There is only one source of growth. Nothing other than productivity matters in the long run.
The vast expansion in regulation is the most obvious change in public policy accompanying America’s growth slowdown. Most recently under the Dodd-Frank Act and the Affordable Care Act, the financial and healthcare sectors of the economy have seen radical increases in regulatory intervention. But environmental, labor, product and energy regulation have all increased dramatically as well.
Regulation during the financial crisis did not fail for being absent. It failed for being ineffective.
The best way for the government to subsidize healthcare efficiently is to give straightforward vouchers which people can use to buy insurance or to fund health savings accounts. Such vouchers should replace Obamacare, Medicaid and Medicare.
The basic structure of growth-oriented tax reform is lower marginal rates, paid for by broadening the base by removing exemptions and loopholes. Several additional tax principles are:
The ideal corporate tax rate is zero. A high corporate tax rate hurts the workers more than anyone else.
A growth-oriented tax system taxes consumption, not income and savings.
Eliminating or moving away from taxing income, would lessen the value of personal deductions such as for mortgage interest or charitable donations.
The estate tax is a particularly distorting tax on saving and investment. The tax code should not give strong incentives to middle-age people to stop building their businesses or investing their money.
Solving our immigration problem would turn 11 million illegal immigrants into productive citizens. Guest worker and e-Verify enforcement are fixable problems.
How to speed up economic growth ought to be one of the basic issues in the presidential election campaign. Here are some good ways to do this.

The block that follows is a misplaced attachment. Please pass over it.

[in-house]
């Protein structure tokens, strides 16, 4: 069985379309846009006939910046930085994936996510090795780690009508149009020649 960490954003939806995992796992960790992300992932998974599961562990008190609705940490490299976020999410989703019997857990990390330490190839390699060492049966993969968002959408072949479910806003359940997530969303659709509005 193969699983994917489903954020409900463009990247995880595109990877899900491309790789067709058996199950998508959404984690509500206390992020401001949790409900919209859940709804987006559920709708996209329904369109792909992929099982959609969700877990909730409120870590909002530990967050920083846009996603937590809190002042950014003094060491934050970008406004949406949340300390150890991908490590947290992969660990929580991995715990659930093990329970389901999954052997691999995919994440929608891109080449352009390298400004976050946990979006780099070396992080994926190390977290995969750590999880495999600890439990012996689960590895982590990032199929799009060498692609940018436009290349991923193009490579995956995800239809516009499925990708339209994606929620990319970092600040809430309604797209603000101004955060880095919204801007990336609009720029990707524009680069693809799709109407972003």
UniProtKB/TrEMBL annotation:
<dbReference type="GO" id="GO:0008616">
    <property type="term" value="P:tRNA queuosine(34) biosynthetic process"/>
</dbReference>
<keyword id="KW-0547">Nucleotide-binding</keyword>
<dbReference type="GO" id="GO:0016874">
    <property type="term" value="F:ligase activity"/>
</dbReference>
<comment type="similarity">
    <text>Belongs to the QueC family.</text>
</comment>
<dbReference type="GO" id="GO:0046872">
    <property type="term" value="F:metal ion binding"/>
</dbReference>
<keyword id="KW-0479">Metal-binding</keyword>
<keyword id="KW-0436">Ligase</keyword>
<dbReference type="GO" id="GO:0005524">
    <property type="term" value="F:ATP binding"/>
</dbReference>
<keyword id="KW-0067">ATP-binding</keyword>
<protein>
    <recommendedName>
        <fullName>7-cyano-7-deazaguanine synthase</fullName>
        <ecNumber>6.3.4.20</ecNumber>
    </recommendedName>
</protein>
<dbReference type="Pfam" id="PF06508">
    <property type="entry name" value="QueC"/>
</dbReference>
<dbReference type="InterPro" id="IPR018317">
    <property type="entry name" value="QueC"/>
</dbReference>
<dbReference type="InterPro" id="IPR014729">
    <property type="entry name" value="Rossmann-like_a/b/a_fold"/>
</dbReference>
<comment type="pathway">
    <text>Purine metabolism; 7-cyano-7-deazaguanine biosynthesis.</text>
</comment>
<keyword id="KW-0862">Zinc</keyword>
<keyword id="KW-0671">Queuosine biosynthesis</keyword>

Thanks largely to Donald Trump the Republican presidential candidates are not taking the best approach to winning the White House in November. Instead of arguing with each other about who is the toughest on immigration or who is the most anti-establishment, they should be focusing on one issue where Republicans could have a big advantage: how to speed up our slow economic growth. The Stanford economist, John Cochrane, makes very clear the value of doing this on his blog, The Grumpy Economist. Says Mr. Cochrane:
From 1950 to 2000 the U.S. Economy grew at an average rate of 3.5% per year. Since 2000, it has grown at only half that rate, 1.7%.
The average American is more than three times better off than his or her counterpart in 1950. Real GDP per person has risen from $16,000 in 1952 to over $50,000 today, both measured in 2009 dollars.
If the U.S. economy had grown at 2% rather than 3.5% since 1950, income per person by 2000 would have been $23,000 not $50,000.
Even these large numbers understate reality. GDP per capita growth does not capture the increase in life span – nearly ten years – or other improvements in the quality of life such as health and environmental gains which we have experienced.
Says Mr. Cochrane, “Next to this increase in the standard of living, nothing the candidates are talking about – monetary policy, Fed, fiscal stimulus, minimum wage hikes, pay equity, and so on, even comes close to what growth can bring ordinary Americans.” The important question then is how to speed up economic growth. Even though there are strong headwinds slowing down our modern economy, Mr. Cochrane has many excellent ideas on measures which can be taken to accomplish this. This will be the subject of my next post.